For the past 4-5 years or so, I've been fortunate enough to take annual solo trips to various genealogy conferences and institutes. This is my ME time, this is when I focus on MY interests and goals, where I get to meet with other people for a reason other than being a parent. (No offense, PTAs, band parents, and kid-sports-team parents, but sometimes I need to step out of my parent role when it comes to adult conversation.) Attending genealogy conferences reminds me how much I love using my knowledge and intellect to better my family's knowledge of their incredible ancestors. The past couple of years, RootsTech especially has provided me with that yearly dose of enthusiastic inspiration I need to continue on when ancestors appear illusive in my research.
Believe me, I know it's not easy logistically or financially to swing a solo mom trip. That $200+ conference fee + travel and lodging can be *really* hard for some families to manage. Fortunately, most genealogy conference dates and locations planned years in advance, so you have time to save for it little by little. In the past, I have specifically told my husband not to buy me birthday and anniversary presents, so we could put that little bit of extra money towards my trips.
What about childcare? This is, in many ways, harder for some moms to arrange, both logistically and emotionally, than the financial aspects. That first time you leave your kids for an extended period, it's HARD! You feel like you're abandoning them, that they'll be lonely without you, that they'll resent you for going away. I've had all of these feelings, and they are completely normal. BUT, sometimes we let our loving-but-sometimes-irrational mom brains run away from reason; we always think the worst will happen. I've always hated asking for help when it comes to taking care of my kids, but, after several solo trips of my own, I've come around to the 'It takes a village' mindset. Kids are resilient, and though they may be sad while your gone, after a few days of doting on them, they are back to normal. And, as far as things going wrong while you are away, ask yourself how often things go wrong when you are there --- Yep, all the time, so it's ok if everything isn't perfect while you are away.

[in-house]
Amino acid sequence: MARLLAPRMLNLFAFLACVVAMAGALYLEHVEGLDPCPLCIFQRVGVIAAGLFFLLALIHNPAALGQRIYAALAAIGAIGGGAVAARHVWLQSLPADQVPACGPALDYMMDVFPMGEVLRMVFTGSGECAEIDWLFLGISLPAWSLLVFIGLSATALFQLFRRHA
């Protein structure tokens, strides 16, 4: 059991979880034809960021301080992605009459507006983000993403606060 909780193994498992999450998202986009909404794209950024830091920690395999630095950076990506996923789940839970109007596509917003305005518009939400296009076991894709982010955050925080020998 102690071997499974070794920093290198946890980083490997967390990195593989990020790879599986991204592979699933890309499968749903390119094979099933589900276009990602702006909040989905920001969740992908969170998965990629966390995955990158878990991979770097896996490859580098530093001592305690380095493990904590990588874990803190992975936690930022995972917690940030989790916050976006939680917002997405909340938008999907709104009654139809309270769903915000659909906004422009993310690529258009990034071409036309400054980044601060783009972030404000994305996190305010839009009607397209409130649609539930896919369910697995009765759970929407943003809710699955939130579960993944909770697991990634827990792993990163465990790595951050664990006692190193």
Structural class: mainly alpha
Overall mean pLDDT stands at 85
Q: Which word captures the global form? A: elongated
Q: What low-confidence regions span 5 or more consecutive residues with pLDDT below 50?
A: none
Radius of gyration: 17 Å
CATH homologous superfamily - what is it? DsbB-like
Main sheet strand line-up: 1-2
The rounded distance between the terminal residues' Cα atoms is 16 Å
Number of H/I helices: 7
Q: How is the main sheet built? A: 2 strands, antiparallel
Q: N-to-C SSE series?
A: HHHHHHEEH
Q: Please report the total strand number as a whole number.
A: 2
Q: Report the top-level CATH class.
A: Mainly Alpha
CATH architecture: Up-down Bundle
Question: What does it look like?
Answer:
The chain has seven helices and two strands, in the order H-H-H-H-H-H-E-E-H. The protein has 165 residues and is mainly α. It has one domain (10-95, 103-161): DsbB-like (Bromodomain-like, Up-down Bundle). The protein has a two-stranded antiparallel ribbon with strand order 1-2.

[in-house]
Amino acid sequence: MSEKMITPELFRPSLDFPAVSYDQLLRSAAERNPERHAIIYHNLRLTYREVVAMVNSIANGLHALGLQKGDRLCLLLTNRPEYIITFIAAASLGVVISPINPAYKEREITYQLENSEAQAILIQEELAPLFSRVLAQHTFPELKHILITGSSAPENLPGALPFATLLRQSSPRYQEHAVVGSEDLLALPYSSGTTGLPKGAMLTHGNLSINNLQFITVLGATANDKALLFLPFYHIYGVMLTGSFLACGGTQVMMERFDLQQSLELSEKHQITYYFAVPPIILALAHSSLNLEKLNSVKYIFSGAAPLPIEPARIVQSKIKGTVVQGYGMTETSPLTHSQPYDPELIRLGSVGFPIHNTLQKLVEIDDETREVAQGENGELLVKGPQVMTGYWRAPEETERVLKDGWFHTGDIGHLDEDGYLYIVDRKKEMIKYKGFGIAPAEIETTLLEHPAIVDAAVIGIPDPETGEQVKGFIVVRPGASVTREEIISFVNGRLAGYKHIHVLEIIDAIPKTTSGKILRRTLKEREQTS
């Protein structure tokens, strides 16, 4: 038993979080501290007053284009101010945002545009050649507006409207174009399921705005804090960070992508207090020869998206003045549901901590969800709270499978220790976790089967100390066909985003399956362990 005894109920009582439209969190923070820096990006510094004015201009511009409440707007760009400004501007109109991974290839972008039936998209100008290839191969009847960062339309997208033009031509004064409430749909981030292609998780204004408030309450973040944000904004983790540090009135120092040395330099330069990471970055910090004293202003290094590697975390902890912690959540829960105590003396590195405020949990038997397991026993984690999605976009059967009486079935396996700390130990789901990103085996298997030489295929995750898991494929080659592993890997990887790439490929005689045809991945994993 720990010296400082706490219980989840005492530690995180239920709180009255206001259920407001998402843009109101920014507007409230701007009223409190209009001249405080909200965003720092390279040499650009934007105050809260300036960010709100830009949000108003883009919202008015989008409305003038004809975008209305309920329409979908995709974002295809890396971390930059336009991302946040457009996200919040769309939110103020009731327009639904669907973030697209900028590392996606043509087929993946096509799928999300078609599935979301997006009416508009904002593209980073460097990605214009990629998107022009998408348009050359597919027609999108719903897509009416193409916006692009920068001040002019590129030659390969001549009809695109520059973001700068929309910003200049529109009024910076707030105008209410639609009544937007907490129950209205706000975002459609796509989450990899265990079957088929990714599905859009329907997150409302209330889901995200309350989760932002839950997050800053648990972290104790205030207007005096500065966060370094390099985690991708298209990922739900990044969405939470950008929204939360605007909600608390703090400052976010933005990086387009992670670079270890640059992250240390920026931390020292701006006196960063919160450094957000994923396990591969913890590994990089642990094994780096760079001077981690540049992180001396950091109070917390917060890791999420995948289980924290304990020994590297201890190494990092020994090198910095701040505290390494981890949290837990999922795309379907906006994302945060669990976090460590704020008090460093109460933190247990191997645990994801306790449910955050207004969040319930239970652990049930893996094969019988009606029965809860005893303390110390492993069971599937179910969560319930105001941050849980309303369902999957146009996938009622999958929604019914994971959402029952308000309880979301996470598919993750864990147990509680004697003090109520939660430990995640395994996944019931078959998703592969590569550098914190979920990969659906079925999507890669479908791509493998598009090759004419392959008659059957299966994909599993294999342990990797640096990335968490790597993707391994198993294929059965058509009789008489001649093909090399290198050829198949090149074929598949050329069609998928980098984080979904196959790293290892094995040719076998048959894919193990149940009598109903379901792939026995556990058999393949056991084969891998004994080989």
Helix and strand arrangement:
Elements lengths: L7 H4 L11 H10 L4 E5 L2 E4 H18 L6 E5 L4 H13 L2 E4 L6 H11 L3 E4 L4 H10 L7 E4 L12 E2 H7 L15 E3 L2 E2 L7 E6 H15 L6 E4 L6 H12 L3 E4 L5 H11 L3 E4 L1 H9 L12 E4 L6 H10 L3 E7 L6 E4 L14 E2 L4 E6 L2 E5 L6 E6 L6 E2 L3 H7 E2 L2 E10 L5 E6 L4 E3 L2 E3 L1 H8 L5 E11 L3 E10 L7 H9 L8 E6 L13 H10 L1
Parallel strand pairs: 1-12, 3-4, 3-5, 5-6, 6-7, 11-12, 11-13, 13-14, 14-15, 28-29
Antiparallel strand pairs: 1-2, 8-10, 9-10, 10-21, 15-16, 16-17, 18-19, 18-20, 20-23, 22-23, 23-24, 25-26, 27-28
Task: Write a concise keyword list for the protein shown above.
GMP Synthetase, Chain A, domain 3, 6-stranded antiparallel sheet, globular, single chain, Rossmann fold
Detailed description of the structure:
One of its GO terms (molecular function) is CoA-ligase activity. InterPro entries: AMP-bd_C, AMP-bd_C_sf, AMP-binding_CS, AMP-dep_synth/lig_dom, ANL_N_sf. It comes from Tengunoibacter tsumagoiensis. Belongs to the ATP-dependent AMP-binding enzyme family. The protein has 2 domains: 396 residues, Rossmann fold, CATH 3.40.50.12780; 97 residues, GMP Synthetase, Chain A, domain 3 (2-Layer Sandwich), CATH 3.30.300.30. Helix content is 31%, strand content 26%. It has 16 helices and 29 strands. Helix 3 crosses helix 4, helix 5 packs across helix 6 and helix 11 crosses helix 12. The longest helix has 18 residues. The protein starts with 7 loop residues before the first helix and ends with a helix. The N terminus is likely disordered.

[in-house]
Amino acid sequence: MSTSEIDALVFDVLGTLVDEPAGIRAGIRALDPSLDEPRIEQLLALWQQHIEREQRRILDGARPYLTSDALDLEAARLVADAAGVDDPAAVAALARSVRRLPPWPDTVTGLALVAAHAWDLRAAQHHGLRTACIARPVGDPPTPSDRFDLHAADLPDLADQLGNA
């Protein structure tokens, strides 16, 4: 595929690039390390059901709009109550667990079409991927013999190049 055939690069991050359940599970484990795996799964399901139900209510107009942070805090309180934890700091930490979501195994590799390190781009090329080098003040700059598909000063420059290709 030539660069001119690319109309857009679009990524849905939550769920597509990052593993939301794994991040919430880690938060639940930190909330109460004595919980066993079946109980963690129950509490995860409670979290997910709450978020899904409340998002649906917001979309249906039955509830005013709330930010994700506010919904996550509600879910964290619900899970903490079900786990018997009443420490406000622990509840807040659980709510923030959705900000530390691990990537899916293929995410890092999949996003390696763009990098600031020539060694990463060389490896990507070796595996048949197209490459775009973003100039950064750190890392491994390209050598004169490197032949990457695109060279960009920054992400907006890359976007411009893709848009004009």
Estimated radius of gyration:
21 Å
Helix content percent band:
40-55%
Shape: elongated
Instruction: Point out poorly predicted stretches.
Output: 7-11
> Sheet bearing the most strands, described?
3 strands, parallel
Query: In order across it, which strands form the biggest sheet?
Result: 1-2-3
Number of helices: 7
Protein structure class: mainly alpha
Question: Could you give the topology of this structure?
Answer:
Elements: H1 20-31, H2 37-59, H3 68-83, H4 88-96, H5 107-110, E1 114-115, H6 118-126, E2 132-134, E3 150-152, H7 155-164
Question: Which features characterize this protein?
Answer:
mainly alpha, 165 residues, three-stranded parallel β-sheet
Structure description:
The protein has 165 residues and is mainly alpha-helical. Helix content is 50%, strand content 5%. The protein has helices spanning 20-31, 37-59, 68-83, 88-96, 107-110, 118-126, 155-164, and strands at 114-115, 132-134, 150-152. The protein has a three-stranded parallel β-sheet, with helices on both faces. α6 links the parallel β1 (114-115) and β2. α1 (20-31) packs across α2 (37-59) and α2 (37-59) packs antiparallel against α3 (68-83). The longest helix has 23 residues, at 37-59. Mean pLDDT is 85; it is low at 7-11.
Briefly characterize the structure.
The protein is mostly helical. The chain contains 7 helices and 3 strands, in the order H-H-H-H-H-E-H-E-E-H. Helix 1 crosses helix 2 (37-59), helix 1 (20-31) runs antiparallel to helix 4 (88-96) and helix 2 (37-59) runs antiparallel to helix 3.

Ask your partner or parent or trusted family friend if they'd be willing/able to watch your child(ren) for a few days. If they seem overwhelmed by this prospect, suggest a 'tag-team' situation in which two or more caregivers divide their time with the kids over the few days you'll be gone. Putting trust in others to care for your children will not only enhance your children's relationships with these caregivers, but it will also enhance YOUR relationship with those caregivers. It's a win-win in the long term.
What if you'd like to attend RootsTech, still have an infant, and really don't want to be away from him or her for that long? I get it; bring the baby along. I can tell you that I've always seen at least a few baby moms walking through the convention center, pushing a stroller, nursing in a quiet corner of the exhibit hall. You probably won't be able to attend as many sessions as you could if you had no children with you, but even just attending a couple a day would be worth it. Even aside from Family Discovery Day (about which I will write a separate blog post), RootsTech is the MOST family-friendly genealogy conference I've ever experienced.
Moms, have I convinced you yet? Trust me, it takes a lot of planning and some sacrifice, but attending a genealogy conference or institute on your own will make you a better family historian AND a better mom. Even though being a parent is the most important job in the world, you, as a person, also exist outside of that realm. We need to meet that person's needs and foster our own personal growth according to our own interests.
Over the next couple of months, dozens of genealogy bloggers will be offering opportunities to win a free 4-day RootsTech pass, which is awesome and really helps make it financially easier to attend. Enter as many of these contests as you can find! Go to THIS LINK to enter my contest, which runs through October 1st. I will announce a winner on October 2.
In future posts, I do plan on talking a little about Family Discovery Day, which I highly encourage attending with your family, especially if you are local and can't swing the solo trip this time around. I'm also going to highlight some of the presentations that I feel parents, especially, will find the most helpful when it comes to sharing family history and keeping it fun for all ages.
©2018 Emily Kowalski Schroeder